12. Mi sento grato/a : “I’m feeling grateful”
  13. Mi sento speranzoso/a : “I’m feeling hopeful”
  14. Mi sento euforico/a : “I’m feeling euphoric”
  15. Mi sento contento/a : “I’m feeling content”
  16. Mi sento malinconico/a : “I’m feeling melancholic”
  17. Mi sento ansioso/a : “I’m feeling anxious”
  18. Mi sento sopraffatto/a : “I’m feeling overwhelmed”
  19. Mi sento coraggioso/a : “I’m feeling brave/courageous”. In Italian there is no distinction between bravery and courage: in both cases the term is «coraggioso/a».
  20. Mi sento umiliato/a : “I’m feeling humiliated”
  21. Mi sento frustrato/a : “I’m feeling frustrated”
  22. Mi sento tranquillo/a : “I’m feeling calm”
  23. Mi sento divertito/a : “I’m feeling amused”
  24. Mi sento fiducioso/a : “I’m feeling confident”
  25. Mi sento entusiasta : “I’m feeling enthusiastic”
  26. Mi sento imbarazzato/a : “I’m feeling awkward”
  27. Mi sento in colpa : “I’m feeling guilty”
  28. Mi sento ispirato/a : “I’m feeling inspired”
  29. Mi sento angosciato/a : “I’m feeling distressed”
  30. Mi sento pigro/a : “I’m feeling lazy”
  31. Mi sento spaventato/a : “I’m feeling frightened”
  32. Mi sento appagato/a : “I’m feeling pleased”
  33. Mi sento geloso/a : “I’m feeling jealous”
  34. Mi sento invidioso/a : “I’m feeling envious”
  35. Mi sento irrequieto/a : “I’m feeling restless”
  36. Mi sento rammaricato/a : “I’m feeling regretful”
  37. Mi sento diffidente : “I’m feeling suspicious”
  38. Mi sento nervoso/a : “I’m feeling nervous”
  39. Mi sento allegro/a : “I’m feeling cheerful”
  40. Mi sento emozionato/a : “I’m feeling excited”

Expressing different levels of feelings in Italian

Feelings and emotions are far from being perfect systems. We may feel a little sad, or very discouraged, so it is important to be able to express to what degree we feel sad or discouraged. How to do that in Italian?

« Molto » means very. So, in case you not only feel nervous, but very nervous, you would say: molto nervoso/a.

« Un po’ » means a little. “I’m feeling a little frustrated lately” would become: “Mi sento un po’ frustrata ultimamente.”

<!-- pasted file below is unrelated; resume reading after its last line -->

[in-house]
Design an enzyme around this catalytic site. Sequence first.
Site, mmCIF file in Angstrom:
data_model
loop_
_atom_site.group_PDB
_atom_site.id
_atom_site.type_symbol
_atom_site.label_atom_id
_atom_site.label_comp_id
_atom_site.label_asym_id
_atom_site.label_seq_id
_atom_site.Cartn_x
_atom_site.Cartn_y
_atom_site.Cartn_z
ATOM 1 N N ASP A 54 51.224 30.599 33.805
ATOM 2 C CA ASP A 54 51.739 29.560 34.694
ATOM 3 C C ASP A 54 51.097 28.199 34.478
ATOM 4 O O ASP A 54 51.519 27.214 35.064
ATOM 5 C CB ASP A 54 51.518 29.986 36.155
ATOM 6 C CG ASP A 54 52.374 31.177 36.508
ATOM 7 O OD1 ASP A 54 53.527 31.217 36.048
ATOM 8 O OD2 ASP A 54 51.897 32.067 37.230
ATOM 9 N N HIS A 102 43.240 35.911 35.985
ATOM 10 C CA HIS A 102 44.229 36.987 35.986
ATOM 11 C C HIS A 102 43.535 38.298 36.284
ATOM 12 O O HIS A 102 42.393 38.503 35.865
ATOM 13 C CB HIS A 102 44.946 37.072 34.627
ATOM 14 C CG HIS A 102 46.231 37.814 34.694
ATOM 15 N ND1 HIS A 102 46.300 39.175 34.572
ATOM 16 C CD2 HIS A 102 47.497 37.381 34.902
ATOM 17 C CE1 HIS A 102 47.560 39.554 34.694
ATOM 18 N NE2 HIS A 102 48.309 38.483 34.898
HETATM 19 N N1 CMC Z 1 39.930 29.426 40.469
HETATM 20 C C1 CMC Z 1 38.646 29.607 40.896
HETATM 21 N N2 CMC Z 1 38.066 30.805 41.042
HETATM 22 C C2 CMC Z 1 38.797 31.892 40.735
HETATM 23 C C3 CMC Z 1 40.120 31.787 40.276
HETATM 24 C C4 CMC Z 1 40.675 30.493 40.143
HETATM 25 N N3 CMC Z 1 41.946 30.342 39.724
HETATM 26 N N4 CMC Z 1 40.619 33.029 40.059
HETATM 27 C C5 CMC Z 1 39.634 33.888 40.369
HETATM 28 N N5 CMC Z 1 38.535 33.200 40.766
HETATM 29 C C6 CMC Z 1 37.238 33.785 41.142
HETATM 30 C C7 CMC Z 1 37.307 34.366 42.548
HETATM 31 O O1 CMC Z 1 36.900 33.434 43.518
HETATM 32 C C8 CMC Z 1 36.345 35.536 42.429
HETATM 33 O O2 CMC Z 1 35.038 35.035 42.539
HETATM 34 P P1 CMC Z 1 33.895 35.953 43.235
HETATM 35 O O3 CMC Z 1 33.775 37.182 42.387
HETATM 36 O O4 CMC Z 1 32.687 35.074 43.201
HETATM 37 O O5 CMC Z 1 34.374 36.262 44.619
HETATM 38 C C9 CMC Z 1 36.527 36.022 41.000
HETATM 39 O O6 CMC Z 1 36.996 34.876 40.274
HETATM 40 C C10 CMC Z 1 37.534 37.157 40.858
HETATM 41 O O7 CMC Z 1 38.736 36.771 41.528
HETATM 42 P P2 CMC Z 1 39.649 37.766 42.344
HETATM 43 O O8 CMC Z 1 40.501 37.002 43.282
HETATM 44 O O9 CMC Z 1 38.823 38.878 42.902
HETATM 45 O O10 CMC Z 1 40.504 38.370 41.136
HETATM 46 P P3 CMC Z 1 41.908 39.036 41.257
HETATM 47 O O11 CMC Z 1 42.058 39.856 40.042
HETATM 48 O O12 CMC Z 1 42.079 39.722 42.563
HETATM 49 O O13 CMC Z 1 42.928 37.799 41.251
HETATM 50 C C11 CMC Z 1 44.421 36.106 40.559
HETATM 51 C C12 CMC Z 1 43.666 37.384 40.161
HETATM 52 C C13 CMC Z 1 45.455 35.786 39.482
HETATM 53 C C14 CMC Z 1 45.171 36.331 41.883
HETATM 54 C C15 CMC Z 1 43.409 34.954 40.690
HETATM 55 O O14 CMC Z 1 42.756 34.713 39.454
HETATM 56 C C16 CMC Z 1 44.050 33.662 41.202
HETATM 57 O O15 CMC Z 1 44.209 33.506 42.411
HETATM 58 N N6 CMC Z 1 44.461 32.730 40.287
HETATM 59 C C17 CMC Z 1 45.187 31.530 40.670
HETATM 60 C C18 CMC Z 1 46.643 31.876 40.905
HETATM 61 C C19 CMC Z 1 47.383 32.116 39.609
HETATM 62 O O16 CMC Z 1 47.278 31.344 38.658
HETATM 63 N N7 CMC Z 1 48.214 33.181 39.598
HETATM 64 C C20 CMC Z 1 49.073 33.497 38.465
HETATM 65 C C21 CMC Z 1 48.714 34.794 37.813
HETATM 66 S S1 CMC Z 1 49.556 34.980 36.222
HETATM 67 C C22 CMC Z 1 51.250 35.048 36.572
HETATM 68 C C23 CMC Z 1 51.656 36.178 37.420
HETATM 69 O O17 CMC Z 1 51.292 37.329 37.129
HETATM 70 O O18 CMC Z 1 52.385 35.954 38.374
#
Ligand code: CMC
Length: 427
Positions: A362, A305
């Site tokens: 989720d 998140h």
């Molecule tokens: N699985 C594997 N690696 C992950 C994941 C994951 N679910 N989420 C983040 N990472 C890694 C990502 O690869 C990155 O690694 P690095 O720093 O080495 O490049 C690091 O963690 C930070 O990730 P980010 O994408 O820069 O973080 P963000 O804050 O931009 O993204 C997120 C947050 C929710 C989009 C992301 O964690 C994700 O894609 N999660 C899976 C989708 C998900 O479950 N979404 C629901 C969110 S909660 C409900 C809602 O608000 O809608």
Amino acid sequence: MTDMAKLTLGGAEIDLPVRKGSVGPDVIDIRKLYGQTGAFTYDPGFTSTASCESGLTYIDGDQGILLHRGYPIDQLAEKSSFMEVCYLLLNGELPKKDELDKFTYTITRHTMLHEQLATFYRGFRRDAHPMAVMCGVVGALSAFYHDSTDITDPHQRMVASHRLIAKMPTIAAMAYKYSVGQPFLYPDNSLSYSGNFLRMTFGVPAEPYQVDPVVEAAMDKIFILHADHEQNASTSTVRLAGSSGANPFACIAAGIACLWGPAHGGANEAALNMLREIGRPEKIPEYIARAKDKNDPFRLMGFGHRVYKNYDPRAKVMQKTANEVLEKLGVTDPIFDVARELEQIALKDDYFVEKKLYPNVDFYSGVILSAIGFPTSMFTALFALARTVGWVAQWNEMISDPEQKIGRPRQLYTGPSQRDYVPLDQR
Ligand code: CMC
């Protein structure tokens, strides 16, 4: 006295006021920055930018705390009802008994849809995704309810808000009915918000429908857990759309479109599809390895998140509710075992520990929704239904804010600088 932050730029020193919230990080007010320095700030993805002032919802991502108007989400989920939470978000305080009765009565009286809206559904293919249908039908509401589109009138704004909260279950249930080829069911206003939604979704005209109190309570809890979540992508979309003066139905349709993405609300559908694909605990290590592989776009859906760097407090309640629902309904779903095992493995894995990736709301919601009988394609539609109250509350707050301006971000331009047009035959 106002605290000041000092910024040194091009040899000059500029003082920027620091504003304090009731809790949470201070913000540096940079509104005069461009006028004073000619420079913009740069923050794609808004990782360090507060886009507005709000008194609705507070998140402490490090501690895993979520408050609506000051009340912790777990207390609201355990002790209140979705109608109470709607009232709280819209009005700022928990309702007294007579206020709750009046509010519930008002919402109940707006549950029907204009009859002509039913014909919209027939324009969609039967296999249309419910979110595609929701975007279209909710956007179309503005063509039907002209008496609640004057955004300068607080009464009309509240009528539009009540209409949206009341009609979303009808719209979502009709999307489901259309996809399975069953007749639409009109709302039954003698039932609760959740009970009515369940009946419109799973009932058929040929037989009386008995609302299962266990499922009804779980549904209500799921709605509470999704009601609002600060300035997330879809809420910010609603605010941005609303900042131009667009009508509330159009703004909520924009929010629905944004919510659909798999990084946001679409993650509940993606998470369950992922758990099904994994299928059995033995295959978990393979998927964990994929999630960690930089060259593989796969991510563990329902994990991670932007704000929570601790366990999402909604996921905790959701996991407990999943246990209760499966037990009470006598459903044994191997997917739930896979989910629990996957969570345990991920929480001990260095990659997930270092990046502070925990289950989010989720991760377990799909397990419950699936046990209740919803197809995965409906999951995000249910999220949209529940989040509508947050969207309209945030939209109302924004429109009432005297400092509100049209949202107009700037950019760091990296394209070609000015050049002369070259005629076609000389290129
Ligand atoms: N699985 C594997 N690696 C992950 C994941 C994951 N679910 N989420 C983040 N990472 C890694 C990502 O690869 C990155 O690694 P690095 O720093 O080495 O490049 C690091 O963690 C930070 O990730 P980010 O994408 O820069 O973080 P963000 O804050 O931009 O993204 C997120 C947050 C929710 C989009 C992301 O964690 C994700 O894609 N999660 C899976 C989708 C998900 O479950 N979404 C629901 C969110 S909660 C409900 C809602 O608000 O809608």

« Abbastanza » represents the middle ground. What if you feel quite confused? Italians would say that you feel: abbastanza confuso/a.

Grammar tips for expressing feelings in Italian

When expressing how you feel, in order to form a correct sentence, you need to pay attention to a couple of grammar rules.

1) Choosing the right verb to express feelings in Italian

The verb to use when talking about emotions is «sentirsi», the reflexive mode of the verb «sentire». It means 'to feel', but it can also mean 'to hear', 'to smell', 'to listen', and more.

As always, the context will suggest the right translation of the verb. If the semantic field is ‘emotions’, then it goes without saying that it stands for ‘to feel’.

However, there is another verb that is used when expressing emotions and feelings in Italian: «essere» (to be). “Sono felice” is grammatically correct as well.

When expressing emotions in Italian, the semantic difference between the verb «sentire» and the verb «essere» is the following: while the verb «essere» reveals a somewhat stable condition, the verb «sentirsi» highlights the temporary nature of the emotion/feeling.

In addition, the verb «sentirsi» recalls the fascinating universe of emotions, as well as your relationship with them. It’s more romantic, in a way!

2) Adjectives and their endings

Expressing emotions in Italian relies on using adjectives. Since Italian is a highly gender-based language, adjectives agree in gender and number with the noun they refer to. Italian is similar to French in this respect.

Masculine nouns usually end with -o when singular, and with -i when plural. Therefore, the corresponding adjectives will have the same endings.


Feminine nouns, instead, usually end with -a when singular, and with -e when plural. The corresponding adjectives typically have the same endings.


Gender agreement is a tough Italian grammar topic. In fact, plenty of exceptions have to be taken into account. For instance, there are a number of adjectives that end with '-e' when singular and with '-i' when plural, regardless of the gender of the noun they refer to.

The above-mentioned adjective «felice» (happy) is one of those:

After this final grammar chapter, you are ready to express your emotional state in Italian. Our wish for you: open your heart, be vulnerable!

What's next: